Lunch-packin’ dilemmas solved Print
Eight-year-old Martin was a picky eater, especially when it came to lunch.His lunch often came home uneaten and his parents struggled to figure out what to pack, since peanut butter sandwiches were his favourite, but not permitted at school.
The 2004 Lunchroom Monitor Survey, which polled more than 1,000 moms and 1,000 kids (age eight to 12) revealed kids are trashing (73 per cent) and trading (36 per cent) parts of their school lunch at least once a week.
The survey revealed that taste and fun were the two things kids are looking for when it comes to enjoying lunch.
With that in mind, here are a few solutions for some common lunch dilemmas.
Dilemma: Uneaten lunch returns home.
Find out if your child has sufficient time to eat lunch. Some schools rush kids so much that if your child is a slow eater or easily distracted they may find it hard to complete the task.
Encourage your children to have a bigger morning and afternoon snack if they are having a smaller lunch. You can help them with this by splitting what you pack into three clear sections.
Your children may not be finishing their lunch because they’re bored or don’t like what they see. The visual appeal is critical for kids, so spend an extra minute to make it look fun.
Putting fruit such as grapes, strawberries and melon on a wooden kebab is more interesting than a plain apple. It can make all the difference if you slice a wrap made with chicken, cream cheese, lettuce and red pepper into small, bite-sized pieces to eat as a finger food or with a toothpick or fork.
Ask your kids which foods some of their friends eat that look good. If this doesn’t turn up any healthy ideas provide them with a list of options, but frame the choice. Include the following three components, otherwise important nutrients will be missed (kids often favour starchy foods over vegetables and protein):
– Grains/starches such as bread, pasta, rice, crackers, pitas and wraps.
– Vegetables and/or fruit such as raw veggies, cooked veggies, vegetable soup, fresh fruit, canned fruit, frozen fruit and dried fruit.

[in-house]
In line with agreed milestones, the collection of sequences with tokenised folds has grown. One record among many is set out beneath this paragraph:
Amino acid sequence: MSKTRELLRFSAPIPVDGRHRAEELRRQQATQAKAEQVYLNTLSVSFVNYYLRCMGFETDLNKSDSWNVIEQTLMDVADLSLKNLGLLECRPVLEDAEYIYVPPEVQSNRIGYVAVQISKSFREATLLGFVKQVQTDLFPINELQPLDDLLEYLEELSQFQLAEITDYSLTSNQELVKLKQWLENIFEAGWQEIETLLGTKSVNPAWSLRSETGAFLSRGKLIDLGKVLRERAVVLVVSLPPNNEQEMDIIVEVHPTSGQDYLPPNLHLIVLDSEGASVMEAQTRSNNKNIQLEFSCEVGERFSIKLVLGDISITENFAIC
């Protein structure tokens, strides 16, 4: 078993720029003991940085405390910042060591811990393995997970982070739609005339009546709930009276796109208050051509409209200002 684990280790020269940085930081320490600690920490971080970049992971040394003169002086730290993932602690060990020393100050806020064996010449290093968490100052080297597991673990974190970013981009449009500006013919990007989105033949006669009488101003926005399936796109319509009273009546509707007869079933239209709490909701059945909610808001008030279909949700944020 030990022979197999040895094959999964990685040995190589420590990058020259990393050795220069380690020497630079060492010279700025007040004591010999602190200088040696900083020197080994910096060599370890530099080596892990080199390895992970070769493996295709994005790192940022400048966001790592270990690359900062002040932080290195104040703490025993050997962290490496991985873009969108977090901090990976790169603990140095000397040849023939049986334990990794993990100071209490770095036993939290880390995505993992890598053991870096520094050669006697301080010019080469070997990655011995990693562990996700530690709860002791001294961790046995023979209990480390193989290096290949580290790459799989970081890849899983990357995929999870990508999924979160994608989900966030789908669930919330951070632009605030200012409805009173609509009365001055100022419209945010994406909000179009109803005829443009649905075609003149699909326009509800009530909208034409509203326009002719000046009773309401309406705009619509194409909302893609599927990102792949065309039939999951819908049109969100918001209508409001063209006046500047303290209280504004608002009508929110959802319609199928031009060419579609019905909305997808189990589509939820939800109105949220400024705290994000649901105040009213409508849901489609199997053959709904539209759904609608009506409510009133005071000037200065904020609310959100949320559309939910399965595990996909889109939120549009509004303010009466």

– Source of protein such as meat, chicken, cheese, legumes (beans/lentils/chickpeas), eggs, tofu and nuts.
Dilemma: Can’t bring good old PB&J sandwiches.
If your kids love peanut butter but can’t bring it to school due to allergy restrictions, think about swapping breakfast for lunch.
Offer peanut butter sandwiches for breakfast and offer other favourite breakfast foods such as french toast with jam (eat cold or hot) and fruit for lunch. Try oatmeal in a Thermos served with hard cooked eggs and fruit on the side.
In the peanut butter section of your grocery store, you may have noticed a product called pea butter (made from golden brown peas). The taste is somewhat similar to peanut butter and is peanut- and nut-free. If other nuts are permitted at your kids’ school, try healthy almond butter, cashew nut butter or sunflower seed butter.
Dilemma: Tired of sandwiches.
Here are a few popular choices (don’t forget to pack a water bottle and use an insulated lunch bag and ice pack):
– Pasta salad with pasta, chopped raw or cooked veggies, cubes of cheese and chicken/ham/chickpeas and your kid’s favourite salad dressing. Serve with kiwis cut in half that they can eat with a spoon and chocolate milk or chocolate soy milk.
– Leftover quesadillas (often eaten cold). Make this meal for supper and cook extra for lunch the next day. Make on whole grain wraps with chicken/black beans, cheese, peppers or other veggies and dip in salsa.
– Pizza bagel or pita pizzas served hot or cold. Homemade on whole wheat bagel/pitas with tomato sauce, lean meat, veggies, pineapple and cheese. Also add a container of snap peas and carrot sticks as well as yogurt.
Dilemma: Lunch isn’t interesting any more.
Make lunch a series of popular snack foods. Buy a container that has several separate components or fill several containers of foods they enjoy such as:
– Veggies such as cucumbers, carrots, broccoli or cherry tomatoes with veggie dip.
– Fruit such as berries, cantaloupe, orange slices, applesauce, canned fruit, raisins or dried apricots.
– Protein such as cheese cubes/slices, cottage cheese, hard cooked eggs, hummus, ham cubes, deli turkey/chicken/ham rolls or strips, small cans of pre-flavoured tuna or nuts/seeds if permitted.
– Grains/starches such as mini muffins, whole grain crackers, mini whole wheat pitas or mini pancakes with jam.
Andrea Holwegner, the chocoholic dietitian, is the owner of Health Stand Nutrition Consulting Inc. Visit www.healthstandnutrition.com or phone 403-262-3466 to subscribe to her free monthly ezine.
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